- Contributed by
- Peter Walker
- Article ID:
- Contributed on:
- 29 April 2004
The crew of HMCS 'Snowberry', photographed from above
I served on HMCS Snowberry as a submarine detector operator from April 1941 to November 1941. I joined the ship at Greenock/Gourock on loan to the RCN.
Snowberry was one of the original flower class corvettes, and escorted several convoys from the Clyde and Londonderry to Iceland, Newfoundland and Nova Scotia often in appalling weather. Corvettes were designed for coastal convoy duty but were used for north Atlantic convoys, for which they were unsuited. As such crews received double 'hard lying money' because of the discomfort. Convoys often took weeks because they had to zig zag,also heave to or slow down in bad weather. Their speed was often that of the slowest ship, such as a whaling factory.
Snowberry had only a magnetic compass and no radar - it was nearly always too cloudy to fix a position by sextant. The only armament was a 12-pounder gun on the forecastle for surface action. For anti-aircraft (AA) defence there was a Lewis gun as well as a Tommy gun for use at the wings of the bridge. The Tommy gun was handed in by the public because of shortages; likewise, some sets of crew binoculars were actually opera glasses handed in by the public.
There was no refrigeration only a meatsafe, and vegetable locker on the welldeck at the break of the forcastle. Meat went off after 24 hours at sea. Bread went mouldy soon after (at that time 'sea bread', long-keeping bread, had not been invented). For cooking there was a coal-fired army type range in the galley on the poopdeck abaft the engine room casing. In heavy weather the fire was often swamped, so a lot of the time we lived on ships biscuits and tinned meat.
It was common to be hove to for days in hurricane force winds and 40-foot waves, rolling 45 degrees and slowed down by thick fog. Every fog signal used a bucket of precious water as steam. Apart from U-Boats there was always the threat of icebergs and being run down by ships of the convoy in fog.
OUR LIVING QUARTERS WERE IN THE FORECASTLE .WE SLEPT IN BUNKS ALONG THE SHIPSIDE .THERE WAS A MESS TABLE AND A COAL FIRED STOVE CALLED A " BOGEY " ,THE STOVE WAS FOR HEATING NOT COOKING IT HAD A CHIMNEY POTRUDING THROUGH THE DECKHEAD TO THE FORECASTLE DECK IT HAD A COWL AND THE WHOLE SMOKE STACK WAS CALLED A "PERCY NOBLE" I THINK THE STOVE WAS ONLY USED IN HARBOUR AND HAD IO BE EXTINGUISHED BY 9PM FOR ROUNDS . THE VENTILATION WAS NATURAL AND LED TO A COWL ON THE FORCASTLE.CALLED A MUSHROM HEAD .IN ROUGH WEATHER IT WAS COVERED BY A CANVAS COVER TO PREVENT THE INGRESS OF SEAWATER.
IN ROUGH WEATHER THERE WAS ALWAYS WATER SLOPPING AR0UND ON THE DECK SO WE KEPT OUR SEABOOTS IN OUR BUNKS READY TO STEP OUT IN WHEN WE GOT UP
THE ANCHOR CABLE LOCKER WAS FORWARD OF THE MESSDECK AND ALTHOUGH THE CABLE WAS BOWSED ACCORDING TO TH E SEAMANSHIP MANUAL THE CABLE STILL CLANGED LOUDLY IN THE HAWSPIPE. WHEN THE SHIP PITCHED ROLLED AND YAWED VIOLENTLY IN ROUGH WEATHER IT BECAME IMPOSSIBLE TO SLEEP SO THE CREW STUFFED THE HAWSEPIPE WITH THEIR KAPOCK LIFEBELTs (RCN ISSUE )
LIFELINES WERE RIGGED FOR ROUGH WEATHER FROM THE BREAK OF THE FORECASTLE TO THE STERN .WE WOULD WAIT AT THE DOOR OF THE MESSDECK..WAIT FOR THE UPROLL ON THE LEE SIDE AND THEN MOVE AFT AS FAST AS WE COULD BEFORE THE DOWNROLL .OFTEN THE SHIP WENT GUNWHALES UNDER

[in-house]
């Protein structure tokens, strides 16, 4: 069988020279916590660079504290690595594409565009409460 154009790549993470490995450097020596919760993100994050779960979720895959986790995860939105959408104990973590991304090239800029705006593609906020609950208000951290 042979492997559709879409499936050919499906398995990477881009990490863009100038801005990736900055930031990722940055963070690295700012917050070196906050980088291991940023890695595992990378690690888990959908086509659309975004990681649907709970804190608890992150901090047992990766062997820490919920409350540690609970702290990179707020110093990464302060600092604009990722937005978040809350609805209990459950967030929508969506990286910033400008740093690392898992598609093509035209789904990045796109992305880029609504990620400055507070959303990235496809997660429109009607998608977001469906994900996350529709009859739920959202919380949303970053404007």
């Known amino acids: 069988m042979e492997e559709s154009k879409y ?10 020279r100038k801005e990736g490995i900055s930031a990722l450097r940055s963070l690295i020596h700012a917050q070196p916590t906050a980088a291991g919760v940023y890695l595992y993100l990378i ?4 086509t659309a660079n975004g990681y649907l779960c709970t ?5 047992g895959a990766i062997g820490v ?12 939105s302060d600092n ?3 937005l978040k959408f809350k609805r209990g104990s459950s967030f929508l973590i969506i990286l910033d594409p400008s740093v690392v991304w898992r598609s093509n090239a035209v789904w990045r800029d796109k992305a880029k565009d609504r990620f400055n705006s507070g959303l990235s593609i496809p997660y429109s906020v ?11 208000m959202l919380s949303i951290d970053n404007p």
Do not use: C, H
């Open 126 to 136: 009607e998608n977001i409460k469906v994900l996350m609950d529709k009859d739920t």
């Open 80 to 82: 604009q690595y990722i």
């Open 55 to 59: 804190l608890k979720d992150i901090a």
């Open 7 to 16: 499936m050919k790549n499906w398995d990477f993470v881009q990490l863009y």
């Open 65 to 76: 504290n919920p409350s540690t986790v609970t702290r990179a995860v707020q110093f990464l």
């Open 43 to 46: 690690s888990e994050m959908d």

THE CREW WERE NEARLY ALL RCNR AND USED TO SMALL CRAFT AND BAD WEATHER. BEING LARGELY FISHERMEN FROM NOVA SCOTIA .PRINCE EDWARD ISLES AND NEWFOUNDLAND THE CAPTAIN A LIEUTENANT RCNR WAS IN PEACETIME THE MASTER OF A FREIGHTER CARRYING TIMBER ALONG THE WEST COAST. THE FIRST LIEUTENANT AND NAVIGATER WAS A SKIPPER RCNR AND WAS SKIPPER OF A NEWFOUNLAND DEEP SEA TRAWLER THE OTHER OFFICER WAS A LIEUTENANT IN THE RCNVR A SCHOOLMASTER FROM INLAND (I THINK IT WAS WININPEG )
I THINK THE ONLY REGULAR NAVY WERE MYSELF AND THE TWO OTHER ASDIC OPERATORS WHO CAME FROM HALIFAX NOVA SCOTIA .SOME OF THE CREW WERE EX RN WHO WERE DESERTERS FROM HMS CARADOC WHEN SHE VISITED CANADA PRE- WAR .THEY SAID THEY GOT AN AMMNESTY WHEN THEY JOINED THE RCNR AT THE OUTBREAK OF WAR .SOME OF THE HOSTILITIES ONLY RATINGS SUFFERED CHRONIC SEA SICKNESS SO WE WERE OFTEN SHORTHANDED .OFTEN THERE WERE NO RELIEFS AVAILABLE WHEN CREW MEMBERS WERE HOSPITALISED. THERE WAS AN ADMIRALTY PATTERN MEDICAL CHEST FOR FIRST AID
WE GOT THE VERY BEST OF PROVISIONS ON THE CANADIAN SIDE BECAUSE SUPPLIES WERE IN PLENTY .THOSE ON THE UK SIDE WERE NOT AS GOOD BECAUSE OF THE WAR AND RATIONING ,LIKEWISE THOSE RECIEVED AT LONDONDERRY NORTHERN IRELAND REJAVIK ICELAND ( I BELIEVE THE CAME FROM THE DEPOT SHIP HMS HECLA )
THE JACK DUSTY (STOREKEEPER ) ALWAYS PUT A BIG TIN OF SHIPS BISCUITS A BIG TUB OF PEANUT BUTTER AND A BIG TUB OF MAPLE SYRUP ON THE MESS TABLE AND SAW THAT WE NEVER RAN OUT . THE SHIPS BISCUITS, WERE OBLONG AND MUCH SOFTER THAN THOSE IN THE RN WHICH WERE ROUND AND VERY HARD
WE HAD ROASTS IN CALM WEATHER BUT WHEN THE SHIP ROLLED TOO MUCH WE HAD POT MESS (TINNED MEAT AND ALL SORTS OF TINNED VEGETABLES COOKED IN A LARGE DEEP POT SECURED ON TOP OF THE GALLEY RANGE.SOMETIMES THE COXWAIN ISSUED FISHING HOOKS AND LINES FOR US TO CATCH OUR SUPPER
WE WENT TO ACTION STATIONS ON SEVERAL OCCASIONS OFTEN FOR HOURS ON END BUT I DO NOT RECALL A SHOT BEING FIRED.OR DEPTH CHARGE BEING DROPPED IN ACTION .LARGE CONVOYS TAKE UP A LOT OF SEA ROOM AND IT WAS NOT UNCOMMON FOR ALL THE ACTION TO BE ON TH OTHER SIDE OF THE CONVOY
OUR BIGGEST "ENEMY" WAS HURRICANES.,FOG,.ICEBURGS,AND BEING RUN DOWN BY THE CONVOY IN FOG. IN FOG WE USED THE ASDIC TO KEEP STATION ON THE CONVOY. IN ADVERSE WEATHER THE CONVOYS OFTEN SCATTERED AND WHEN THE FOG LIFTED THEY WERE NOWHERE TO BE SEEN .WE USED THE ASDIC AS A HYDROPHONE TO LOCATE THEM OR LOOK FOR SMOKE ON THE HORIZEN
WE OFTEN SAW SCHOOLS OF WHALES BLOWING AND I USED TO LISTEN TO THEIR MATING CALLS ON THE ASDIC ( SONAR )
WHEN OFF WATCH WE PLAYED CARDS AND BOARD GAMES ,WROTE LETTERS AND RECOUNTED STORIES AND EXPERIENCES ETC I MUGGED UP ON THE SEAMANSHIP MANUALS